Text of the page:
Orinda's leaf blower foes are making noise again.
The group Quiet Orinda, which last November tried unsuccessfully to convince the City Council to ban these devices with gas-powered engines, is hoping the city will take another look at the issue.
Council members, however, appear reluctant to do so.
Quiet Orinda, which says blowers are an unnecessary source of noise and air pollution, is ready to compromise. Its members want the city to create a task force to look for middle ground between blower foes and advocates.
"There was so much push-back about the total ban, especially from homeowners in particular, that we decided to retrench and consider what a compromise might be," said founder Peter Kendall.
Middle ground could include allowing gas-powered blowers to remain but further restricting them to just a few hours or days of the week.
The group also would like city support on a "green gardening" initiative to encourage landscaping techniques that steer clear of pesticides, herbicides and gas-powered tools.
Quiet Orinda's efforts last year to ban blowers brought some national attention to this leafy burb, including a feature in The New Yorker magazine.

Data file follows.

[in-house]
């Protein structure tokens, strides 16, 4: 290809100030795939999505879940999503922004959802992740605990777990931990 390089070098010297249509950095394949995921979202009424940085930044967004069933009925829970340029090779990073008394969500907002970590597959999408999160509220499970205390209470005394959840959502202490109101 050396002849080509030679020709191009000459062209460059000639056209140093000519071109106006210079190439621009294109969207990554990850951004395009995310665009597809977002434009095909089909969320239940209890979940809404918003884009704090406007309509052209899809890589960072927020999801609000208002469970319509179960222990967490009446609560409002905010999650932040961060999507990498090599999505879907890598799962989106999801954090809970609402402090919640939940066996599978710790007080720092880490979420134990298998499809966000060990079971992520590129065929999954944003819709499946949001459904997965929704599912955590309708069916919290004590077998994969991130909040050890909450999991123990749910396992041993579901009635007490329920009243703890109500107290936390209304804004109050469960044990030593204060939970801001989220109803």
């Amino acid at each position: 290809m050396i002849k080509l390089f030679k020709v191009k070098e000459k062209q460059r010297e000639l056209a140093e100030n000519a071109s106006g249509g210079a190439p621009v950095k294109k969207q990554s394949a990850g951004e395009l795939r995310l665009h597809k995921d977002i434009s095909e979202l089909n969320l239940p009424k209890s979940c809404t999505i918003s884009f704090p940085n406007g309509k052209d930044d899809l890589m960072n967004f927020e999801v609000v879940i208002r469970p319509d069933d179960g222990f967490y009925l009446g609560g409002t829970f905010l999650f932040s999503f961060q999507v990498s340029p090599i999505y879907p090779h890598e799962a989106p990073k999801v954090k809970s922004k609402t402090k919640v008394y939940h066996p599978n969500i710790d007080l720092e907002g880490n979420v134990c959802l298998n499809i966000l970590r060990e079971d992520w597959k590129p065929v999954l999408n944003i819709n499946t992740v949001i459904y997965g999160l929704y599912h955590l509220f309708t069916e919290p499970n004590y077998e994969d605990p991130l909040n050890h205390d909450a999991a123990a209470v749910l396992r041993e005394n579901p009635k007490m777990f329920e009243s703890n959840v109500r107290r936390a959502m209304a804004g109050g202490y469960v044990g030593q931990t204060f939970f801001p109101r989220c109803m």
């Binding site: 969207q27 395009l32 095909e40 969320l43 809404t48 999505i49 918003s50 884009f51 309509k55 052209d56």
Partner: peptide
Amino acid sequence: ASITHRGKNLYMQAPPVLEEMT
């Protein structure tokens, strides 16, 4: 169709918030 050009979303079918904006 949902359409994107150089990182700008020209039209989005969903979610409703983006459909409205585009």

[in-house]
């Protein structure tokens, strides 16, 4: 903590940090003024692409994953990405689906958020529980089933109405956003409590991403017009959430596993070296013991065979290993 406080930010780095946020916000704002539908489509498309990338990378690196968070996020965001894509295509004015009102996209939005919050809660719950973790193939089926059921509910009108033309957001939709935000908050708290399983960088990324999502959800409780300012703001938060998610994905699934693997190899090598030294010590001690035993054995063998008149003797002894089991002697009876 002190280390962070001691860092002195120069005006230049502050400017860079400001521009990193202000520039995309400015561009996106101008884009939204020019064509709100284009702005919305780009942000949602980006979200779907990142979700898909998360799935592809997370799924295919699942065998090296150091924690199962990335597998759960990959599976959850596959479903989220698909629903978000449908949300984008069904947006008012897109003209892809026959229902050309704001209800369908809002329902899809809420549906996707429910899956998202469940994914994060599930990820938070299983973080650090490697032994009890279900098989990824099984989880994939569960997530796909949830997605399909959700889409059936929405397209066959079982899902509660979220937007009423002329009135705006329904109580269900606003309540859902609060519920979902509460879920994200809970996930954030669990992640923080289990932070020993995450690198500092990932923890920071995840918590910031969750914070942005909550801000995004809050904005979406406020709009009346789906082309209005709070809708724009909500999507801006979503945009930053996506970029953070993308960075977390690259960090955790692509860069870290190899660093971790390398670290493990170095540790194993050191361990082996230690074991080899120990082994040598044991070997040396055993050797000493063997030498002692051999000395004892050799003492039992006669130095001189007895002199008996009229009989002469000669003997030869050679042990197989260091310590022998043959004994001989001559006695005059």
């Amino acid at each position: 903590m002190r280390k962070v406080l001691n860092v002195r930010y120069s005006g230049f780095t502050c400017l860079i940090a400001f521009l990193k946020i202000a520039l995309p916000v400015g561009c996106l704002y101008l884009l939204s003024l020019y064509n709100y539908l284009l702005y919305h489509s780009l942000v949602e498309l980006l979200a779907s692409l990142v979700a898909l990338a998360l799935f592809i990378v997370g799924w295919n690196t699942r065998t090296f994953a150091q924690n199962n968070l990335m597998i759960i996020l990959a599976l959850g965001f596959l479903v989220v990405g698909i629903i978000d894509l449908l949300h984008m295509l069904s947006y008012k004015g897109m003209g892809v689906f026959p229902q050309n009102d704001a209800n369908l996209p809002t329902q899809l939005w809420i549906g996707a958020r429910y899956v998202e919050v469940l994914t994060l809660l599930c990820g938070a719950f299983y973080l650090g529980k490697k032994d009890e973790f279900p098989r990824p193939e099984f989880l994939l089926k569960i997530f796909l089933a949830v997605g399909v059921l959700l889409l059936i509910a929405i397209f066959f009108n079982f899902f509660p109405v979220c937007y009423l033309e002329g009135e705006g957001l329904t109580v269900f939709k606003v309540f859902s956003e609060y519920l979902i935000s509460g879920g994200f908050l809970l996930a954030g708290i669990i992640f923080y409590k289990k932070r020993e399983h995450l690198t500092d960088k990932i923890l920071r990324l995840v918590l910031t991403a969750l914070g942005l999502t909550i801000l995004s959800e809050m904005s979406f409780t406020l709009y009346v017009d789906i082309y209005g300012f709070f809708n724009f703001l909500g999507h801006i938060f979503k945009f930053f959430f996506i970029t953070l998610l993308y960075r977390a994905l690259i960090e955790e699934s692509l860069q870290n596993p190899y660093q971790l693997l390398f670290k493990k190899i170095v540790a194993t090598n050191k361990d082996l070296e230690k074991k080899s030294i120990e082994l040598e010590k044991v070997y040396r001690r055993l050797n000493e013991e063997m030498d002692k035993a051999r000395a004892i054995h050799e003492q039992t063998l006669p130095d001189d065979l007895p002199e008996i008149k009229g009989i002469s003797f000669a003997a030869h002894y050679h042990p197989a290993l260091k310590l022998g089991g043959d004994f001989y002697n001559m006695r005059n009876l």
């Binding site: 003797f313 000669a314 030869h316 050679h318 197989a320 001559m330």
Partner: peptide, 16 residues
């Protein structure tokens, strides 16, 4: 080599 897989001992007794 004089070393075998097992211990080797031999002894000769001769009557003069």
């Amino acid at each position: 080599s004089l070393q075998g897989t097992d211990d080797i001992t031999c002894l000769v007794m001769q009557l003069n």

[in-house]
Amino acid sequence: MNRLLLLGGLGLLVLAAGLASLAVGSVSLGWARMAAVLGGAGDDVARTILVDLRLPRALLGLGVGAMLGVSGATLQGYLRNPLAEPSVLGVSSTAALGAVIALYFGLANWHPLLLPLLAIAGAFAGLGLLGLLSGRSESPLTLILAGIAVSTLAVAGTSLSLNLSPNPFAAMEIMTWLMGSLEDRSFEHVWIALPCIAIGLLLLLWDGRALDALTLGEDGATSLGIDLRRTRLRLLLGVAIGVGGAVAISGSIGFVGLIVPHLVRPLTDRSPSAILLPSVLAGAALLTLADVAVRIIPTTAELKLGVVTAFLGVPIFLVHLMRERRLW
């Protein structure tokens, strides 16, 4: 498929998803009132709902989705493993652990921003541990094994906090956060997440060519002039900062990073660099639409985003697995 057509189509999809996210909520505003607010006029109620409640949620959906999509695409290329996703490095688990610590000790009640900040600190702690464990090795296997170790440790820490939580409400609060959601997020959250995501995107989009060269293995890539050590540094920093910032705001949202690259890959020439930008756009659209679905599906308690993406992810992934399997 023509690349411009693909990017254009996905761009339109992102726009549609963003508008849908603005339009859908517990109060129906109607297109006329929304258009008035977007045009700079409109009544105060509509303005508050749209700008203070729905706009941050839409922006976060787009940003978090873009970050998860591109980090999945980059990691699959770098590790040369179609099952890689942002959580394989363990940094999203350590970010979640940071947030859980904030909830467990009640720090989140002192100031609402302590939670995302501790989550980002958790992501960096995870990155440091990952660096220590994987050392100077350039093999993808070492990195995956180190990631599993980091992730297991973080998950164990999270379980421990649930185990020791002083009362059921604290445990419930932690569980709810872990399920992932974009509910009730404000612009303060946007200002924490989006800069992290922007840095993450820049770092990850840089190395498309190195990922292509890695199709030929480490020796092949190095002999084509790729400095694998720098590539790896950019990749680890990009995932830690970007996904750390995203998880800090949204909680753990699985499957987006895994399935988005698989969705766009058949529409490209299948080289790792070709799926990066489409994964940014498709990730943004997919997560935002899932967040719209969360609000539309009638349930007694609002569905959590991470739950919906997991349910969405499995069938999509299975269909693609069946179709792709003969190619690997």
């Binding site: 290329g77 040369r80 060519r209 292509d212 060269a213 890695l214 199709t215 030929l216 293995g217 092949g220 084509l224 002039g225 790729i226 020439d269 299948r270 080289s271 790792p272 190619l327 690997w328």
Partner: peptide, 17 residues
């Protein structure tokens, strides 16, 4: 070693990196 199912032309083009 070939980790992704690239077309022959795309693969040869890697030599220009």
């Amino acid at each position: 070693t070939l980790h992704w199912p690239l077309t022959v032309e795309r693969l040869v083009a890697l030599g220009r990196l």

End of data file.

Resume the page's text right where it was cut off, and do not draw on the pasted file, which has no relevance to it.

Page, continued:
The group will continue its outreach efforts, including a table at the weekly farmers market. Members also loaned a pair of leaf blowers to Miramonte High School on Thursday so students could analyze the dust they raise. Engaging the city's youth is a critical
The group plans to submit its requests to the city in writing, he said, adding it "would be unacceptable" if there is no response.
"We haven't gone away, just like the problem hasn't gone away. It's gotten worse."
Council members welcome Quiet Orinda's efforts to trumpet green gardening but are reluctant to rehash an issue they feel was settled last November.
The city, Councilwoman Amy Worth said, has already compromised.
"We spent a significant amount of time reviewing (the leaf blower issue), hearing testimony last year, and I guess my position remains the same," she said. "I think we worked very hard several years ago to craft a noise ordinance that sought to seek a compromise between the various perspectives."
Orinda's current regulations restrict leaf blower use to between 8 a.m. and 6 p.m. on weekdays and 10 a.m. and 5 p.m. on weekends.
Pollution concerns are best directed to the Bay Area Air Quality Management District, which has more resources to deal with them, said Mayor Victoria Smith.
Quiet Orinda has already done most of the work a task force would do, said Smith, adding that the group's public education campaign seems the best use of its efforts.
"They have their information that they'll put out there and their belief that it's noisy and (creates) pollution. I don't think anyone would disagree with that," she said. "It's just a question of whether you regulate that to an extent that you don't regulate other things."
Contact Jonathan Morales at 925-943-8048. Follow him at Twitter.com/sosaysjonathan.